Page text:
Jazz at Lincoln Center contacted The Museum of Modern Art, who agreed to work with us by providing me access to their incredible collection. It has been a wonderful time re-exploring many of the works of art that I began to enjoy soon after moving to New York when I was 18, some of which have become truly iconic to me.

Performed by the Jazz at Lincoln Center Orchestra with Wynton Marsalis, "Portrait in Seven Shades will premiere in a concert called Jazz and Art at Jazz at Lincoln Center. I am working with director Brian Beasely to realize the vision I have of projecting the images on the band while onstage, so that the music literally rises out of the paintings.

With "Portrait in Seven Shades , I will tell a story about these painters; not through words, as in a museum description, but through music. Musicians and artists often experience similar joys, struggles, successes and self-doubts. Many parallels can be drawn between the two forms of art. Musicians talk of colors, layers and composition. Similar adjectives have been used to describe each art form: impressionistic, abstract, pop. And of course there is "the blues .

When painters and musicians embrace their own truths, working on their art can be a wonderful opportunity to get to know themselves better. It also lets other people know more about themselves. Also, when art is sincere, it usually reflects something of the society in which we live.


comments powered by Disqus

More Articles

Read The Creative Music Studio Goes To College! Megaphone The Creative Music Studio Goes To College!
by Karl Berger
Published: September 10, 2015
Read Wein, June & Jazz Megaphone Wein, June & Jazz
by AAJ Staff
Published: June 13, 2010
Read Clean Feed Records: Looking Outwards Megaphone Clean Feed Records: Looking Outwards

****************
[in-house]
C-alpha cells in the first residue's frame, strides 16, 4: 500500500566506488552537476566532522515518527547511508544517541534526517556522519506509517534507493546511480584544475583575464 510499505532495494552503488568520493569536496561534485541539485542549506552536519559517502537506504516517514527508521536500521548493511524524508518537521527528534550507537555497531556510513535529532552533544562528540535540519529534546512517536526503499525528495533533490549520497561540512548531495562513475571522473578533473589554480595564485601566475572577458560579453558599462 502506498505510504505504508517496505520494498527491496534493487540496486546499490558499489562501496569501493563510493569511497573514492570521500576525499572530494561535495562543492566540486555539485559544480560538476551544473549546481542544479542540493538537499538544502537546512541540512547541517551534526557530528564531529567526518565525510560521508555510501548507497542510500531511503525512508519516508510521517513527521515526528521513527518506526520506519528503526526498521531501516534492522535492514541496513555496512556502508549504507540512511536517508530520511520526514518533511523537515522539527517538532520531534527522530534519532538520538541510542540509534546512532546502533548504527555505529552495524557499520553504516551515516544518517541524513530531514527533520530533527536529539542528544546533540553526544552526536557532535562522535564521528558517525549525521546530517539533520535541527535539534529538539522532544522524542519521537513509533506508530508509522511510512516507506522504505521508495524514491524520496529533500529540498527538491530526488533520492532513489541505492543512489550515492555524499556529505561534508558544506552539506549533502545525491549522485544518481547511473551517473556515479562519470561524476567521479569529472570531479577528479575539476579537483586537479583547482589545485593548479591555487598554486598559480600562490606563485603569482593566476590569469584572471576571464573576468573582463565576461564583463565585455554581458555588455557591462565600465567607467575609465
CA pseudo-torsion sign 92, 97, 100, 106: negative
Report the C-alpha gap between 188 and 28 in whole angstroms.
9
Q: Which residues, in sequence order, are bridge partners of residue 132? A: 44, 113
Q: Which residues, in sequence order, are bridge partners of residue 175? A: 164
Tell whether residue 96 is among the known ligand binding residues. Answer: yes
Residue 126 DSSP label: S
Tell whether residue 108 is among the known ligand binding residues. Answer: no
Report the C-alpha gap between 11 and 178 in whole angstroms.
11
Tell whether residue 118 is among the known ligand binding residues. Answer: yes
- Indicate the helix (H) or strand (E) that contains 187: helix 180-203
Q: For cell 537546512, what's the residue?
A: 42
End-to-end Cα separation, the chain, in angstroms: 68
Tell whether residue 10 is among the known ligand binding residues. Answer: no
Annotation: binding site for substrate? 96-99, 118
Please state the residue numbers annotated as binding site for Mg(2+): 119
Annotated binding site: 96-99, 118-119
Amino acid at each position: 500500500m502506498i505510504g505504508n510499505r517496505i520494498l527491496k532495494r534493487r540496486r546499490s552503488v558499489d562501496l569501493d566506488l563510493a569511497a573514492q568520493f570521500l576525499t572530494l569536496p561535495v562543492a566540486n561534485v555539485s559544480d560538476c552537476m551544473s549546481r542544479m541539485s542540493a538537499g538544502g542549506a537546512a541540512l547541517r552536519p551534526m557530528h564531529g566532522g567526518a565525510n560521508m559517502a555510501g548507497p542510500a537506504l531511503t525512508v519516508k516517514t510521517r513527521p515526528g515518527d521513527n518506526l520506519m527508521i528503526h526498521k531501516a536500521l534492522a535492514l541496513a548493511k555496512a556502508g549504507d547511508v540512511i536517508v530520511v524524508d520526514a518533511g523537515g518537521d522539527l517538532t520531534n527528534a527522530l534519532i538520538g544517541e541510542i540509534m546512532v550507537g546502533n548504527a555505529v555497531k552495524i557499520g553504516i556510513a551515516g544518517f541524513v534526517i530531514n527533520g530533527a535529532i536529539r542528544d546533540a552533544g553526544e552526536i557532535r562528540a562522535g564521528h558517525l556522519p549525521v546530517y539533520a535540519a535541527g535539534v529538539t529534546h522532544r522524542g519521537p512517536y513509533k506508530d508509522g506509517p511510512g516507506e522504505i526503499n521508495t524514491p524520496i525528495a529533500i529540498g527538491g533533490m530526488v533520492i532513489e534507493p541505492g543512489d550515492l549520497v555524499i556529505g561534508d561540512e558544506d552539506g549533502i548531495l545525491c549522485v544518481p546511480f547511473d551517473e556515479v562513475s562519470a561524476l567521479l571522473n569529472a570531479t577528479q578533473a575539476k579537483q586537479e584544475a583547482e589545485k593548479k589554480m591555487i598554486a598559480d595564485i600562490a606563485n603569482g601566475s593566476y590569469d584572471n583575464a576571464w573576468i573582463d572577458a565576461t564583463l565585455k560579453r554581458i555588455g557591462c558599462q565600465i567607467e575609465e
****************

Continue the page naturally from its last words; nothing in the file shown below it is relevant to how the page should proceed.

by Pedro Costa
Published: May 16, 2010
Read Discoveries Along The Pitch Continuum Megaphone Discoveries Along The Pitch Continuum
by Amir ElSaffar
Published: April 11, 2010
Read Either/Or (No More) Megaphone Either/Or (No More)
by Darcy James Argue
Published: February 28, 2010
Read The Power in Music Megaphone The Power in Music
by Steve Colson
Published: February 3, 2010
Read "Willie Nelson's Outlaw Festival" Live Reviews Willie Nelson's Outlaw Festival
by Christine Connallon
Published: September 30, 2017
Read "Rudresh Mahanthappa’s Indo-Pak Coalition & Rez Abbasi’s Invocation" Multiple Reviews Rudresh Mahanthappa’s Indo-Pak Coalition & Rez...
by Mark Sullivan
Published: December 27, 2017
Read "Hard Boppin' at Smalls" In Pictures Hard Boppin' at Smalls
by Dave Kaufman
Published: August 2, 2017
Read "Mark F. Turner's Best Releases Of 2017" Best of / Year End Mark F. Turner's Best Releases Of 2017
by Mark F. Turner
Published: January 3, 2018
Read "Ravi Coltrane Live in Montreal and New York City" In Pictures Ravi Coltrane Live in Montreal and New York City
by Dave Kaufman
Published: July 27, 2017
Read "Kneebody at Johnny Brenda's" Live Reviews Kneebody at Johnny Brenda's
by Mike Jacobs
Published: April 25, 2017